"That Mousy Little Man From Missouri Revisited"
In Washington: A Life celebrated biographer Ron Chernow provides a richly nuanced portrait of the father of our nation. This crisply paced narrative carries the reader through his troubled boyhood, his precocious feats in the French and Indian War, his creation of Mount Vernon, his heroic exploits with the Continental Army, his presiding over the Constitutional Convention, and his magnificent performance as America's first president.
"A sad day when my book was done!"
From New York Times best-selling author and award-winning reporter Ronald Kessler, The First Family Detail tells eye-opening, behind-the-scenes stories from Secret Service agents about presidents and their families.
"This was very, very interesting!"
In this magnificent biography, the Pulitzer Prize-winning author of American Lion and Franklin and Winston brings vividly to life an extraordinary man and his remarkable times. Thomas Jefferson: The Art of Power gives us Jefferson the politician and president, a great and complex human being forever engaged in the wars of his era. Philosophers think; politicians maneuver. Jefferson’s genius was that he was both and could do both, often simultaneously. Such is the art of power.
"A Man and Biography Relevant to Our Day"
Ron Chernow, whom the New York Times called "as elegant an architect of monumental histories as we've seen in decades", now brings to startling life the man who was arguably the most important figure in American history, who never attained the presidency, but who had a far more lasting impact than many who did.
"Captivating & Fluid Bio Unique American immigrant"
Hillary Rodham Clinton's inside account of the crises, choices, and challenges she faced during her four years as America's 67th Secretary of State, and how those experiences drive her view of the future. In the aftermath of her 2008 presidential run, she expected to return to representing New York in the United States Senate. To her surprise, her former rival for the Democratic Party nomination, newly elected President Barack Obama, asked her to serve in his administration as Secretary of State. This memoir is the story of the four extraordinary and historic years that followed.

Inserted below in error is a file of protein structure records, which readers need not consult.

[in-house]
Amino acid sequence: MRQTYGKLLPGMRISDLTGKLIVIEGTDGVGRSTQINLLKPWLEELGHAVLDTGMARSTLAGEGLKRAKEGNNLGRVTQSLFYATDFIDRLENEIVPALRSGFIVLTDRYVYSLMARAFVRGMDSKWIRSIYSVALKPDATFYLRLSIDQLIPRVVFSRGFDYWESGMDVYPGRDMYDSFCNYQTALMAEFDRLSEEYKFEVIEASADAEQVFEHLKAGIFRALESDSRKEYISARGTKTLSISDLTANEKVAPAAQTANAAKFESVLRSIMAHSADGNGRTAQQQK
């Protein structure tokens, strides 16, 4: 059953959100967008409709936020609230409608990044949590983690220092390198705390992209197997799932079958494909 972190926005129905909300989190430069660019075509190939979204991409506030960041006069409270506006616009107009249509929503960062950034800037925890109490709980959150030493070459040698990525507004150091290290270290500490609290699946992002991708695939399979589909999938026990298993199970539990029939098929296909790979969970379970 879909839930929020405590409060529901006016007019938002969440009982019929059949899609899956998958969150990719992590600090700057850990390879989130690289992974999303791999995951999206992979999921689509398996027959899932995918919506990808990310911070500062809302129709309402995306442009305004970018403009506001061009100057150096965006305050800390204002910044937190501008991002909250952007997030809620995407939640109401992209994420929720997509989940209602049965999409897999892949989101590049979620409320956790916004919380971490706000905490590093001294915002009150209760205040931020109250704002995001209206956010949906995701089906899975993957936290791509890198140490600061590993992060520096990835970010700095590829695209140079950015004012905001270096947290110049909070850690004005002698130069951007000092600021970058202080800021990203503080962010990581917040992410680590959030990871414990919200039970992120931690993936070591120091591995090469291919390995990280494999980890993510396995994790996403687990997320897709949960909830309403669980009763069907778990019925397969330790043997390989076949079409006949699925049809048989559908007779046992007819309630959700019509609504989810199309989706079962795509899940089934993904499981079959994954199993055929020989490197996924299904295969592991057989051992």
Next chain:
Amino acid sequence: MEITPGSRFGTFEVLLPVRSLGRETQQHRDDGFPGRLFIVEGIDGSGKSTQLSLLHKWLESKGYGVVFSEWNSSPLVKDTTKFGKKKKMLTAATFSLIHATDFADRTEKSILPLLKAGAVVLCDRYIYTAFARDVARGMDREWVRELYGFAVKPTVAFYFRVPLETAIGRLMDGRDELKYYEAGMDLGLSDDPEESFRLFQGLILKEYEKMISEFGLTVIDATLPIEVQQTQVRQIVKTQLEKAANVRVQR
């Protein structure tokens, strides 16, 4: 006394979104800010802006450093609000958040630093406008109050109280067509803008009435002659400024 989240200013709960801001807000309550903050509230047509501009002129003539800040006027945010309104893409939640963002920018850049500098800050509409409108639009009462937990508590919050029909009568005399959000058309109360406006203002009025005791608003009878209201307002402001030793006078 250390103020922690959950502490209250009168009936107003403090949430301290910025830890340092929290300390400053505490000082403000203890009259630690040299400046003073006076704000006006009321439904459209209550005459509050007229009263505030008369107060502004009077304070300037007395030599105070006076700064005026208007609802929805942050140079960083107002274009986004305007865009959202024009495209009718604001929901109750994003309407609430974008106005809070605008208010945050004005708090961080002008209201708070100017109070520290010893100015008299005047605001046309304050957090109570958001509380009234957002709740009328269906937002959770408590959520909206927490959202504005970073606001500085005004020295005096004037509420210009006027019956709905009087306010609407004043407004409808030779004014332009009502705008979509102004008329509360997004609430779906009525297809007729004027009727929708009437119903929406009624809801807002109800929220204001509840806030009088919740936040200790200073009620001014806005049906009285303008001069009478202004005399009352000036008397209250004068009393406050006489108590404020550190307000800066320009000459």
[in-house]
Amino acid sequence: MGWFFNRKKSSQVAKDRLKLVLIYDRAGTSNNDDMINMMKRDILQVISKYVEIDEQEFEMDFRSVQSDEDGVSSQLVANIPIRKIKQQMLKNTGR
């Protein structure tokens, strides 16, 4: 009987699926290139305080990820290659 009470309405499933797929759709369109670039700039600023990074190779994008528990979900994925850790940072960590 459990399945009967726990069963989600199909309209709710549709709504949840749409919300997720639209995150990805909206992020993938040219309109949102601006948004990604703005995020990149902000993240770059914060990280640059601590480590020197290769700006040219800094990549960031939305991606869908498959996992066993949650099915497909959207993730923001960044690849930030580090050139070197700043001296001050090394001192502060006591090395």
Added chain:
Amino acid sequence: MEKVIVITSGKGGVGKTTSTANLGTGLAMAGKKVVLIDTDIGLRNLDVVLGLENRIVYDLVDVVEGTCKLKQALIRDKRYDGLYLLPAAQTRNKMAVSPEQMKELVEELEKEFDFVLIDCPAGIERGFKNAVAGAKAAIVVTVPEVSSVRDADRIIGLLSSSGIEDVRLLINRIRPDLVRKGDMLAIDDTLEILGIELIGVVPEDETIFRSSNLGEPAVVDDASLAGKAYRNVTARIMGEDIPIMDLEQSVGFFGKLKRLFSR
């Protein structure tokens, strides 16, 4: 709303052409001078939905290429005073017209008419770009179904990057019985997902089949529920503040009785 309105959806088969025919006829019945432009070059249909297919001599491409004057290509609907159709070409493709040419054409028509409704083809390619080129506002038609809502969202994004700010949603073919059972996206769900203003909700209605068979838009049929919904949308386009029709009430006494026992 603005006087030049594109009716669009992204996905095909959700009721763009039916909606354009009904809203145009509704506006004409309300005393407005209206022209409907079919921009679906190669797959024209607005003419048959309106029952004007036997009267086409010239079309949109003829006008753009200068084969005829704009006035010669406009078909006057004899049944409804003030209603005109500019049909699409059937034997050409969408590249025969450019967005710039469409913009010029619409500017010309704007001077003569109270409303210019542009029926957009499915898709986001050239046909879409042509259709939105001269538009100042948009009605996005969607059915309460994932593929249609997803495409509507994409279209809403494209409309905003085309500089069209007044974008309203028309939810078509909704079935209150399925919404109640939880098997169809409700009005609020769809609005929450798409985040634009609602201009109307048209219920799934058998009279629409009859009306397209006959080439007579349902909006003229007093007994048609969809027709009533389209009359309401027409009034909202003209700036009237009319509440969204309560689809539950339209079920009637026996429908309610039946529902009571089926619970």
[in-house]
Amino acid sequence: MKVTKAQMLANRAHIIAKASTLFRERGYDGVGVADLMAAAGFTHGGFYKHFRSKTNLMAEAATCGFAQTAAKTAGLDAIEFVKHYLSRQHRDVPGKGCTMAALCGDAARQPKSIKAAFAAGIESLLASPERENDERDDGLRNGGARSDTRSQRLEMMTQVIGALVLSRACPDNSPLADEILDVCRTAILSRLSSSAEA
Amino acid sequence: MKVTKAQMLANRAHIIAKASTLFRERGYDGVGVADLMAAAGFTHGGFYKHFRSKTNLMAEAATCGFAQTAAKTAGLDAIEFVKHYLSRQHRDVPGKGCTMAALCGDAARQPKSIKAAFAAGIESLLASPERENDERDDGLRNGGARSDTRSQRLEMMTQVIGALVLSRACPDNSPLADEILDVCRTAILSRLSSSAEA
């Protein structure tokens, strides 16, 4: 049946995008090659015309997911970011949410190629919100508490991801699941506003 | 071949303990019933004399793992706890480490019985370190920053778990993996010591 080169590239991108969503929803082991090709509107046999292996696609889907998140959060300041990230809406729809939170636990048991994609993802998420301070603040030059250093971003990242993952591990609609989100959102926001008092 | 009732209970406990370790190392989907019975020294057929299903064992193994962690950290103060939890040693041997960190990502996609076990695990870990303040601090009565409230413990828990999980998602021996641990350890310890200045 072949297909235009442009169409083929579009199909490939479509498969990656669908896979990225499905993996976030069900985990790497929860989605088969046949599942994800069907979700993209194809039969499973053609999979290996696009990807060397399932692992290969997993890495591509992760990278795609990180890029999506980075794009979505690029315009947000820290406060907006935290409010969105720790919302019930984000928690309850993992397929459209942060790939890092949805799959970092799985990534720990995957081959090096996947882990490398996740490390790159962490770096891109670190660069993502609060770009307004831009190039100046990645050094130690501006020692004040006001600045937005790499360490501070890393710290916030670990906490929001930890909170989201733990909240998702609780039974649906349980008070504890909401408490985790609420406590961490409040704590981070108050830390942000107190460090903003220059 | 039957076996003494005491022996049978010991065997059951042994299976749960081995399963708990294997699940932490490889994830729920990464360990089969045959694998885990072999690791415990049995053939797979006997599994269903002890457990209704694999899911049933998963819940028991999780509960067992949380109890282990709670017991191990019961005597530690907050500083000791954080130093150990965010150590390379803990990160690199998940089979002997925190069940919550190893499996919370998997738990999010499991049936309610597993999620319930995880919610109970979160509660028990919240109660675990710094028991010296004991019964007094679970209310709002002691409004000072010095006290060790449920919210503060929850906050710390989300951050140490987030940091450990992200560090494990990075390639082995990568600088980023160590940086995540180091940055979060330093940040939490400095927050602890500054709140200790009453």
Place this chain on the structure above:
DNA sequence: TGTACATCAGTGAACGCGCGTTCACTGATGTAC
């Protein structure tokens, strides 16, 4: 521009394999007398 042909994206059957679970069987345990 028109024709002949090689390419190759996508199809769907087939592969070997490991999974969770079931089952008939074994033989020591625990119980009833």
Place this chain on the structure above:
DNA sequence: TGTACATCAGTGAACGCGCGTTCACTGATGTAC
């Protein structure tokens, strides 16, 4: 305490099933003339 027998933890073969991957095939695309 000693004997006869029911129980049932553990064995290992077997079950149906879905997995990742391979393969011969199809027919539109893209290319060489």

"An Excellent book on Modern History"
Goodwin describes the broken friendship between Teddy Roosevelt and his chosen successor, William Howard Taft. With the help of the "muckraking" press, Roosevelt had wielded the Bully Pulpit to challenge and triumph over abusive monopolies, political bosses, and corrupting money brokers. Roosevelt led a revolution that he bequeathed to Taft only to see it compromised as Taft surrendered to money men and big business. The rupture led Roosevelt to run against Taft for president, an ultimately futile race that gave power away to the Democrats.
"Wow! Patience Rewarded!"
Ronald Reagan today is a conservative icon, celebrated for transforming the American domestic agenda and playing a crucial part in ending communism in the Soviet Union. In his masterful new biography, H. W. Brands argues that Reagan, along with FDR, was the most consequential president of the 20th century. Reagan took office at a time when the public sector, after a half century of New Deal liberalism, was widely perceived as bloated and inefficient, an impediment to personal liberty.
In this lyrical, unsentimental, and compelling memoir, the son of a black African father and a white American mother searches for a workable meaning to his life as a black American. It begins in New York, where Barack Obama learns that his father, a figure he knows more as a myth than as a man, has been killed in a car accident.
"A wonderful, insightful, non-political story"
What was it really like to be Richard Nixon? Evan Thomas tackles this fascinating question by peeling back the layers of a man driven by a poignant mix of optimism and fear. The result is both insightful history and an astonishingly compelling psychological portrait of an anxious introvert who struggled to be a transformative statesman.
"Very interesting perspective"
This is the story of the rise to national power of a desperately poor young man from the Texas Hill Country. The Path to Power reveals in extraordinary detail the genesis of the almost superhuman drive, energy, and ambition that set LBJ apart. It follows him from the Hill Country to New Deal Washington, from his boyhood through the years of the Depression to his debut as Congressman, his heartbreaking defeat in his first race for the Senate, and his attainment, nonetheless, at age 31, of the national power for which he hungered.